Colleen Anne Dell Ph.D. was appointed a Centennial Enhancement Chair in One Health and Wellness at the University of Saskatchewan in 2016, with a focus on addiction and mental health. She is a Professor in the Department of Sociology and School of Public Health. She is also a Senior Research Associate with the Canadian Centre on Substance Use and Addiction, Canada’s national non-governmental addictions agency. Dr. Dell is an Adjunct Professor in the Department of Sociology and Anthropology at Carleton University and a past Research Associate with the Indigenous Peoples’ Health Research Centre. She is a graduate of the Canine Behaviour Psychology Academy, Extreme K-9 Professional Dog Training, in Illinois, USA (2013) and completed a certificate course at Harcum College in animal assisted therapy & animal assisted activities in 2014. She has over 3,000 hours of experience providing community-based service animal assisted interventions.

Grounded in an empowering and community-based participatory approach, Dr. Dell’s research focuses on wellness, with specific attention to animal assisted interventions and addictions and mental health. She has three St. John Ambulance registered therapy dogs who are involved alongside her and various community and academic partners in studies examining how the human-animal bond, and more specifically animal assisted interventions, can help enrich wellness among individuals and communities. This ranges from addictions treatment facilities through to university and criminal justice institutions. The often unacknowledged welfare of animals is of particular interest to Dr. Dell. She has also trained a service dog with AUDEAMUS for a project involving veterans diagnosed with post-traumatic stress disorder. You can follow her therapy dogs and service dog  on Facebook. Dr. Dell has also worked with horses in a research capacity and aims to work with other species in the future.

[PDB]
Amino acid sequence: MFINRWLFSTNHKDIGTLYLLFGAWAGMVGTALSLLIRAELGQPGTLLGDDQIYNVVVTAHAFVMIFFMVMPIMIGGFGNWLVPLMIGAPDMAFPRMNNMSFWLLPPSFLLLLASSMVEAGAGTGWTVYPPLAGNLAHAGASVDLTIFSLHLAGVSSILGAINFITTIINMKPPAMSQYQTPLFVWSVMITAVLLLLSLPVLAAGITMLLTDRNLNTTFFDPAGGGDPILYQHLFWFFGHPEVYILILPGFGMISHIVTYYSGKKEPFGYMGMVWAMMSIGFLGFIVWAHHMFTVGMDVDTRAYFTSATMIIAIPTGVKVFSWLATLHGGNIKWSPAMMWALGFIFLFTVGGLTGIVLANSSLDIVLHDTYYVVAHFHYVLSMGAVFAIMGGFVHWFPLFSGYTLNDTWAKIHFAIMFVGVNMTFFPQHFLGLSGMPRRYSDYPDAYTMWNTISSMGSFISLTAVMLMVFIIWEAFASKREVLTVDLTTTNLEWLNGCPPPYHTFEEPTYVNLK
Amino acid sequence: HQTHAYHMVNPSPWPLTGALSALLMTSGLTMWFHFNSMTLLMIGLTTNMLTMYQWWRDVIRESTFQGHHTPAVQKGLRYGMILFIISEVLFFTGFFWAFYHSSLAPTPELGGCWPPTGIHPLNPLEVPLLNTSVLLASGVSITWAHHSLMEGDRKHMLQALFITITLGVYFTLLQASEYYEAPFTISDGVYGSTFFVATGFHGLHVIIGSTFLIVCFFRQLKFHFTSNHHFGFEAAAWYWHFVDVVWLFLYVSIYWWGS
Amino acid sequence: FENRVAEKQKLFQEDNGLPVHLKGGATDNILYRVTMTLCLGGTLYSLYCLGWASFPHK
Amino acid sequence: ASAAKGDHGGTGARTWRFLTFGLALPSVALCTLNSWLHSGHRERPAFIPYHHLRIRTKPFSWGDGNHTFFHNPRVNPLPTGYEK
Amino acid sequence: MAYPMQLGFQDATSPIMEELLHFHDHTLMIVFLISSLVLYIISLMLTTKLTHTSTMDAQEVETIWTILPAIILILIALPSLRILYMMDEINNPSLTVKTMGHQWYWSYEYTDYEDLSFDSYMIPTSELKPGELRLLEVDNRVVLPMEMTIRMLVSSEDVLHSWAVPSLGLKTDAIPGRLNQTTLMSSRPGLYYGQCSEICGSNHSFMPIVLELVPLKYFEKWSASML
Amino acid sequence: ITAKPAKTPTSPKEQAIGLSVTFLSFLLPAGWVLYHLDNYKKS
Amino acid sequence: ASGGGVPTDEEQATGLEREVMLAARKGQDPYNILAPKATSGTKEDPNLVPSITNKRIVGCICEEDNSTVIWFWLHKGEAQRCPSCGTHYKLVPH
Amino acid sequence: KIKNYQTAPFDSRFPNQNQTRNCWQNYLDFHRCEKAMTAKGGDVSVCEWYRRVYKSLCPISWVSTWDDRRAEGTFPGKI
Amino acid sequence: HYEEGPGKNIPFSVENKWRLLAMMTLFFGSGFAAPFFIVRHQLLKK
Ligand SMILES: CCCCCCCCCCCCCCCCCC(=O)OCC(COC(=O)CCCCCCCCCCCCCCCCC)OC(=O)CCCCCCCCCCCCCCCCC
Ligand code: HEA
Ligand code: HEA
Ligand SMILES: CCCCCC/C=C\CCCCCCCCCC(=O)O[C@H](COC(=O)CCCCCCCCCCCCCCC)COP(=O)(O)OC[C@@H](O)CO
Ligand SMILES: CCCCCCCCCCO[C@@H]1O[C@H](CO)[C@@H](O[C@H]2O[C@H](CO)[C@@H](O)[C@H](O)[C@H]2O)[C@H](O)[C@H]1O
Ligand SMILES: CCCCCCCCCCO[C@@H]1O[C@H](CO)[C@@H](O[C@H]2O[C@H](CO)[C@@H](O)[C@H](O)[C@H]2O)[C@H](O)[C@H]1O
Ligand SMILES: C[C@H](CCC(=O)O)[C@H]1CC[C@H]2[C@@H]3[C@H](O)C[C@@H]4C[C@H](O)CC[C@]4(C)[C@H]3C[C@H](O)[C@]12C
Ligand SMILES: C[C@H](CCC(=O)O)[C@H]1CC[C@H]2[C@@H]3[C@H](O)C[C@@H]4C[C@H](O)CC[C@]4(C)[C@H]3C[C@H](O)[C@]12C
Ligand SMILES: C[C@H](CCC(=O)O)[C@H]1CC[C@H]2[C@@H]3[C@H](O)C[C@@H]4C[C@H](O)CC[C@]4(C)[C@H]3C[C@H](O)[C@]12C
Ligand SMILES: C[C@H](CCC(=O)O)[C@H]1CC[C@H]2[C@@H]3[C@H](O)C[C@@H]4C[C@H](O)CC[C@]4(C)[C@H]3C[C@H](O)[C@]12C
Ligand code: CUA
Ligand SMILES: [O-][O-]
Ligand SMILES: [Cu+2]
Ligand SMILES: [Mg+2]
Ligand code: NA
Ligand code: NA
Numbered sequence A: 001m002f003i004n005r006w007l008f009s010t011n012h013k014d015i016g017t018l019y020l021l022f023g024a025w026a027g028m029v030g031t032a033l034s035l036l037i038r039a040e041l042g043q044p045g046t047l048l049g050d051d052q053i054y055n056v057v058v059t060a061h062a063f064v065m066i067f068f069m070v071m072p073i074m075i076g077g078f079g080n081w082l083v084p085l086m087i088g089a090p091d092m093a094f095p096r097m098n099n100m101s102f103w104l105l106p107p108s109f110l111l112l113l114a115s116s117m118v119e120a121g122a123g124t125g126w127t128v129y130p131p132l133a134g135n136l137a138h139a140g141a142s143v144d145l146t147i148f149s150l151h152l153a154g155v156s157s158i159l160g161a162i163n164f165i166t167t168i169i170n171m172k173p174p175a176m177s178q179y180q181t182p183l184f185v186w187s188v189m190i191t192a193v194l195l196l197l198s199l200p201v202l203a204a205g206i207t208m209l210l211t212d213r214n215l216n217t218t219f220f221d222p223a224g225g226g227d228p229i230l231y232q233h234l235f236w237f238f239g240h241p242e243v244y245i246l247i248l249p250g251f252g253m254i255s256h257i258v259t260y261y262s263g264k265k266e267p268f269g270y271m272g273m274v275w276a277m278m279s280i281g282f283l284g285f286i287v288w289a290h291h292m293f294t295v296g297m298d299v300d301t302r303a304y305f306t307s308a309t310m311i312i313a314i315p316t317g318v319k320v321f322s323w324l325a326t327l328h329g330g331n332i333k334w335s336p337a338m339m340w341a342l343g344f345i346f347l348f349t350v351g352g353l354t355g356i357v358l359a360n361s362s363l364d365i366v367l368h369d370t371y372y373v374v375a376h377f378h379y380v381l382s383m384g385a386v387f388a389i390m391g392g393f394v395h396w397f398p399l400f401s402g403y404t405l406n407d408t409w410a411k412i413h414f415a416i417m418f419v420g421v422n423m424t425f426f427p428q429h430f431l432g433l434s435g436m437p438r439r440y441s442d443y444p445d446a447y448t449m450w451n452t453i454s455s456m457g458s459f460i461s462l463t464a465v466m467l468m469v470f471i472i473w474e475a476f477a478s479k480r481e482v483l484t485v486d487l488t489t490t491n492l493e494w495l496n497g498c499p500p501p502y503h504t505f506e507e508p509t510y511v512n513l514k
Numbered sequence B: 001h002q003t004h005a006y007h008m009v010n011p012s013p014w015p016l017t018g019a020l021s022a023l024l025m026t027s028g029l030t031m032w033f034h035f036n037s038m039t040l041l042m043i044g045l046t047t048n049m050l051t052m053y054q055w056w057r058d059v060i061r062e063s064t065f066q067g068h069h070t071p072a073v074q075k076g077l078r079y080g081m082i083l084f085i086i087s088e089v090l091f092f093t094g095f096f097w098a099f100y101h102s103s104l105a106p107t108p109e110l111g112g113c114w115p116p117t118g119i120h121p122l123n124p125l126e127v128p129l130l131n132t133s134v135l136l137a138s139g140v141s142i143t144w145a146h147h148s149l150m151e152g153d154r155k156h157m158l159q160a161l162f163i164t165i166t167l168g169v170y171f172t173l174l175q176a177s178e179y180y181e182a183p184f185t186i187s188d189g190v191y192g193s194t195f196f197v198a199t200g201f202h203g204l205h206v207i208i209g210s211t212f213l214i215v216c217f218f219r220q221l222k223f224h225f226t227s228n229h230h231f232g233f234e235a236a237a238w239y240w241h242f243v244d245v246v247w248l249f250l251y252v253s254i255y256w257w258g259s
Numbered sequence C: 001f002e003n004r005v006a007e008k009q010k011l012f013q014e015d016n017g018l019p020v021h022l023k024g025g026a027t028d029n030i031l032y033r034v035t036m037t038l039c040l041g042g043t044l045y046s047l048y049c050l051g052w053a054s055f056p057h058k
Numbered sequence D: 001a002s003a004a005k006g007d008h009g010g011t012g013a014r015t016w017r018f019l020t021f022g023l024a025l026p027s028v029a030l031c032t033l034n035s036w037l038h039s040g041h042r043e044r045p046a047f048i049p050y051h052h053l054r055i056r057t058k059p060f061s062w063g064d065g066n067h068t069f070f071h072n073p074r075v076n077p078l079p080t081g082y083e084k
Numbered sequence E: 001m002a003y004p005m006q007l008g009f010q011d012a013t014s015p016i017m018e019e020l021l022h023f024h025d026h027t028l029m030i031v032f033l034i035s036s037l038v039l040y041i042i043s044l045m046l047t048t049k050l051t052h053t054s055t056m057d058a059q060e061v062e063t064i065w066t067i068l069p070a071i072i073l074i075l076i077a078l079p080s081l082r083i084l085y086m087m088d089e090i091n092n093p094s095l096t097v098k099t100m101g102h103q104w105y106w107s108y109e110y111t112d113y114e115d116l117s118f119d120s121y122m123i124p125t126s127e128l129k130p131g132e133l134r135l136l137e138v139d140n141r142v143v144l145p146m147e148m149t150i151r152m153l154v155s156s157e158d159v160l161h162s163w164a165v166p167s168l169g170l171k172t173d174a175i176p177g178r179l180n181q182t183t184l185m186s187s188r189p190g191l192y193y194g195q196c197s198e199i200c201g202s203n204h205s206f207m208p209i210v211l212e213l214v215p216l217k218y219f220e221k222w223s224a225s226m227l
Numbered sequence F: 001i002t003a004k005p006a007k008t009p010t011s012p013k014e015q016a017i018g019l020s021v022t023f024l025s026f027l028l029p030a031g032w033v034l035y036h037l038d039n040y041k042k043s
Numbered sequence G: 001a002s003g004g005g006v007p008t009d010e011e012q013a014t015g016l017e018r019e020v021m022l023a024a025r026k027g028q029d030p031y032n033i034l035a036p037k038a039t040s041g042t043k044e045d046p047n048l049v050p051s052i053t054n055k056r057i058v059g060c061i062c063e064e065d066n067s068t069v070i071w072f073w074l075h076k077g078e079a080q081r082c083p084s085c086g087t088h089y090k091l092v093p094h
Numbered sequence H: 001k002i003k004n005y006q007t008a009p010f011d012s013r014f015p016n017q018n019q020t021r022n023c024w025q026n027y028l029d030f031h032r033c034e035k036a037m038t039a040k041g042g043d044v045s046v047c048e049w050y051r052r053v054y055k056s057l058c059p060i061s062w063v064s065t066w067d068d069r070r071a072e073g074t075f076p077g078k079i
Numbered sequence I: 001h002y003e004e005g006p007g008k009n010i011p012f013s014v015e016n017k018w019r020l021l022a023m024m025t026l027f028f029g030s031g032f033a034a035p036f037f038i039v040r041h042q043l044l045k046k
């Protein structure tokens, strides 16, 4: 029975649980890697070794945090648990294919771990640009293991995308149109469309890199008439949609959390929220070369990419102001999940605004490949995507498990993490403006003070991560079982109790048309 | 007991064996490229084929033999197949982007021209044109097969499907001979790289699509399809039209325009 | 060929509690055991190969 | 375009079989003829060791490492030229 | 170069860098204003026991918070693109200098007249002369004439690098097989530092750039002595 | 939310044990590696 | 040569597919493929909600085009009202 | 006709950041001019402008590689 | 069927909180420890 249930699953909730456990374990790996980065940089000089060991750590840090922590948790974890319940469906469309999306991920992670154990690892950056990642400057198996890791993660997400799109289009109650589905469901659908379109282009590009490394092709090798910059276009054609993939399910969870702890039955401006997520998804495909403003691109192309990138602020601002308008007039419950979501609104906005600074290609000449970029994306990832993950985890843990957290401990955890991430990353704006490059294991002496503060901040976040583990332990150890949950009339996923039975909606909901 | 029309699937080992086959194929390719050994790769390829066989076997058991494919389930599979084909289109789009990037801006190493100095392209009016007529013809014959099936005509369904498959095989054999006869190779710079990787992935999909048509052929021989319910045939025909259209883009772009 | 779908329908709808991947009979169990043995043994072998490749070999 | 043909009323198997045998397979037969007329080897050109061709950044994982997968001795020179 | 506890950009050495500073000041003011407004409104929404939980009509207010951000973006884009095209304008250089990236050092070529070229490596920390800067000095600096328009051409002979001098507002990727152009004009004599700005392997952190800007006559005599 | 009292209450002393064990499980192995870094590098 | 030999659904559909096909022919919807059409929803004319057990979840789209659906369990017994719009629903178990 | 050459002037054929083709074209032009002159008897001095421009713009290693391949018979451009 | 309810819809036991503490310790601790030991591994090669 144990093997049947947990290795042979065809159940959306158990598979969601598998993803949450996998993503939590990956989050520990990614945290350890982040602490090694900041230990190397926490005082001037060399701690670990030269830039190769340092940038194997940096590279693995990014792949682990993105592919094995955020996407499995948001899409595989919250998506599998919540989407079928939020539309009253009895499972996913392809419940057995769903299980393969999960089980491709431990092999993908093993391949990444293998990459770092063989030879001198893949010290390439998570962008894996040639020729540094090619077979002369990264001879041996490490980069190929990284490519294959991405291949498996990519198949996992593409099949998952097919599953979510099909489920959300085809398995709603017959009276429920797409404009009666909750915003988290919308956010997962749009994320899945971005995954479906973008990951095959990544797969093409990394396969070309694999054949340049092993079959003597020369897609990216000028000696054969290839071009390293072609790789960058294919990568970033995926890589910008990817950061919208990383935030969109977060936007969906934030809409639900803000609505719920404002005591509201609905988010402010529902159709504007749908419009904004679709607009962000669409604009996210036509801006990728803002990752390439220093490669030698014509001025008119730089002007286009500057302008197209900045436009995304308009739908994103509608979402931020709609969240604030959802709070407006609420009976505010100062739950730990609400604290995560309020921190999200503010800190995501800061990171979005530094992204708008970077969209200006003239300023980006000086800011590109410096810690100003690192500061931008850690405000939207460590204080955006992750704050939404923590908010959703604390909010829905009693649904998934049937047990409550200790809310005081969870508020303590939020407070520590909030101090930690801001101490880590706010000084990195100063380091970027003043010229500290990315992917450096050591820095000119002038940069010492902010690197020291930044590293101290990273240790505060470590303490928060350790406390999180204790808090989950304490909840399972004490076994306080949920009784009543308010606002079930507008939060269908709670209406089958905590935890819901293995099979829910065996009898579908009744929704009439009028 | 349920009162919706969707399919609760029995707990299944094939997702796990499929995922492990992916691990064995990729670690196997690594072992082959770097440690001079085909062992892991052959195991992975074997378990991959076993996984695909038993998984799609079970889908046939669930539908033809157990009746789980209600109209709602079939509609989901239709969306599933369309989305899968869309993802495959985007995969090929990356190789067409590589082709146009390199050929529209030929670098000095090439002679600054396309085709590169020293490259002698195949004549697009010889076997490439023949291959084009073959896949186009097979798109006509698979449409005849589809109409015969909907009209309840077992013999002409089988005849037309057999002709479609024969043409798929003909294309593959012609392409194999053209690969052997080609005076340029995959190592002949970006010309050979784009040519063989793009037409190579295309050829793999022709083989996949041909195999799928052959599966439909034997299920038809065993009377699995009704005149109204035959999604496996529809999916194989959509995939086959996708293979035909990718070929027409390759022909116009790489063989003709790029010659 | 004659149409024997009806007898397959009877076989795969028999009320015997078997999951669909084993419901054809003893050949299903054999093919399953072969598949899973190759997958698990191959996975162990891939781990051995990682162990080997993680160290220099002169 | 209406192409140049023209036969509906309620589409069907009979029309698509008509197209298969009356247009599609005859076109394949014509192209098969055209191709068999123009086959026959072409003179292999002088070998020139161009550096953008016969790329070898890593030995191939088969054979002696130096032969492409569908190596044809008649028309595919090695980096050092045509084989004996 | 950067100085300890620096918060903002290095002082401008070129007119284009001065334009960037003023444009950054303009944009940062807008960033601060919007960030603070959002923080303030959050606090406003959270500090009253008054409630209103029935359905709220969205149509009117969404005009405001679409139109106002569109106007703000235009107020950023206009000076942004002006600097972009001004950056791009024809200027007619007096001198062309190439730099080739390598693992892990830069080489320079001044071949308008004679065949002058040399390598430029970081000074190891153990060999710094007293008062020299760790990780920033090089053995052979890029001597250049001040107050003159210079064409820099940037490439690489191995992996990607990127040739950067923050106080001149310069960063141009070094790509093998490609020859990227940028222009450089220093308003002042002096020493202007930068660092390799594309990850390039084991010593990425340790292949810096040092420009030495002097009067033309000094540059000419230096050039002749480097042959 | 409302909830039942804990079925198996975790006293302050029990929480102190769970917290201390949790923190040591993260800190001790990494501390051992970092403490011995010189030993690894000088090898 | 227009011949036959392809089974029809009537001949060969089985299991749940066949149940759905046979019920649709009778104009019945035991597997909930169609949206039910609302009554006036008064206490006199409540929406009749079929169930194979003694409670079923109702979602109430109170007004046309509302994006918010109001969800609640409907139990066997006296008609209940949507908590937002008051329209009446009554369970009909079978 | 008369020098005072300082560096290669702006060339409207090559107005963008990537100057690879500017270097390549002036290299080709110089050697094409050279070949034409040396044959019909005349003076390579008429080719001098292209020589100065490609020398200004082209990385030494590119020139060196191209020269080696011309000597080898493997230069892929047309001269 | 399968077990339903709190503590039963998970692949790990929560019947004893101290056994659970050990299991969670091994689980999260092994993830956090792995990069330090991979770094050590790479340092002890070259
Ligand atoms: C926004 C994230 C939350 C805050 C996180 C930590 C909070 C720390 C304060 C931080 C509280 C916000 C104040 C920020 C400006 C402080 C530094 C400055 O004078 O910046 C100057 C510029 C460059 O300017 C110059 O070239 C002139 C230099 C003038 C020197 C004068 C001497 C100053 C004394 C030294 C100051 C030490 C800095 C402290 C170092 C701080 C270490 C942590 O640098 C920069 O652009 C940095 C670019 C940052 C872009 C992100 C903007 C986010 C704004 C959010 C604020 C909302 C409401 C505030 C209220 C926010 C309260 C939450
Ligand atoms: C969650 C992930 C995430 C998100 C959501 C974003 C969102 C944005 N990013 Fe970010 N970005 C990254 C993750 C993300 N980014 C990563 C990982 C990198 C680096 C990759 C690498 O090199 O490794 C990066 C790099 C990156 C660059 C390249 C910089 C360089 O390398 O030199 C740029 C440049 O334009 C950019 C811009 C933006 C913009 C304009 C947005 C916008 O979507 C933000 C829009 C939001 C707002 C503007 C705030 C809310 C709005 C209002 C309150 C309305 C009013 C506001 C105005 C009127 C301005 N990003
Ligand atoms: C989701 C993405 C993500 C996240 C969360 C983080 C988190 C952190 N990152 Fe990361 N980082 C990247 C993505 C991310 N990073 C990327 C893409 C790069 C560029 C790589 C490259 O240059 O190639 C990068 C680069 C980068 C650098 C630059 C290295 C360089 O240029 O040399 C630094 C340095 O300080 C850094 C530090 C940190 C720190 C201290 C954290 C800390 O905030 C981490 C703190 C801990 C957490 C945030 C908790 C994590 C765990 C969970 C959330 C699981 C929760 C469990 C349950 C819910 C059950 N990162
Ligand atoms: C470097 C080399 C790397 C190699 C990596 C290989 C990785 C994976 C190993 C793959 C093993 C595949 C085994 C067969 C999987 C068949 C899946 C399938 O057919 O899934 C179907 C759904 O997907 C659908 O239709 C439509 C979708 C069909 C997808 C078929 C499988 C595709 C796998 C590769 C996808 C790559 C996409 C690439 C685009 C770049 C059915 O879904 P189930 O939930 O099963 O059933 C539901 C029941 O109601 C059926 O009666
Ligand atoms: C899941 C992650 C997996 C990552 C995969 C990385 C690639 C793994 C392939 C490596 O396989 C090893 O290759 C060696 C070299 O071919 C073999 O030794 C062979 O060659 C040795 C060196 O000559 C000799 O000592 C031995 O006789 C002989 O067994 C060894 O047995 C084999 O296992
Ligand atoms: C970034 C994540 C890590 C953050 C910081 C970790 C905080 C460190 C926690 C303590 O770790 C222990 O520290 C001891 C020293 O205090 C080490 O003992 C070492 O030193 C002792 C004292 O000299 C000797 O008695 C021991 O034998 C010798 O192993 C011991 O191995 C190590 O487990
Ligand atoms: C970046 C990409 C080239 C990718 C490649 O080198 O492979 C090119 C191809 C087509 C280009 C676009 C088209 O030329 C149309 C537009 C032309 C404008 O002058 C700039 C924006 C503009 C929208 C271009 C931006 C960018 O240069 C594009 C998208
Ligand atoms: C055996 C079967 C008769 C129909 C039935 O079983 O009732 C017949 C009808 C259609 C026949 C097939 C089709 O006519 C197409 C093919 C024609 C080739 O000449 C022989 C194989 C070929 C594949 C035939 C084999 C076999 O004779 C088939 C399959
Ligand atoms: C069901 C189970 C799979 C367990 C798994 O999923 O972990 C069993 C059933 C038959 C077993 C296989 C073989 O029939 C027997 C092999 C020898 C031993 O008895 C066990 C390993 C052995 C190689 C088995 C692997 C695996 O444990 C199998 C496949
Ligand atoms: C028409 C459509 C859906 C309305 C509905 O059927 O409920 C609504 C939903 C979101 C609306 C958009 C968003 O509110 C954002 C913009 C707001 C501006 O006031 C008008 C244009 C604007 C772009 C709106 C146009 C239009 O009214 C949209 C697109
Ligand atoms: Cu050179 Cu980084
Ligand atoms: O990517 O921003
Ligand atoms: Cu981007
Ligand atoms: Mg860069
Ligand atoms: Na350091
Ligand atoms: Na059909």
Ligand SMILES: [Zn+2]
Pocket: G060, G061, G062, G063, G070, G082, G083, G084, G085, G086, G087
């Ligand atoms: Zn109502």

Prior to her appointment as the Centennial Enhancement Chair in One Health and Wellness, Dr. Dell held a Research Chair in Substance Abuse at the U of S. Funded by the Government of Saskatchewan from 2007-2016, her work concentrated on research, community outreach and training. In this appointment, Dr. Dell secured 4 million in external funding for her community engaged research program as a Principal Investigator and more than double that amount when including her role as a co-applicant and collaborator. In this work she addressed innovative areas in substance abuse, ranging from horse assisted therapy for youth in treatment to knowledge translation efforts addressing the role of identity and stigma in the healing journeys of Indigenous women from problematic substance use. Her work has been successfully translated into over two dozen artistic forms, such as music videos, paintings and fact sheets for community organizations. She also published over 40 peer-reviewed journal articles, with lead authorship on over half, and over a dozen book chapters in this position. She co-edited a Special Edition of the Substance Use & Misuse journal, which included 20 articles representing 12 countries. She also published over 25 technical reports over the 9 year period as the Research Chair in Substance Abuse. You can access the outcomes of her work here:  Dr. Dell continues to lead studies in this field, including as a co-Principal Investigator with the Canadian Research Initiative in Substance Misuse, Prairie Node.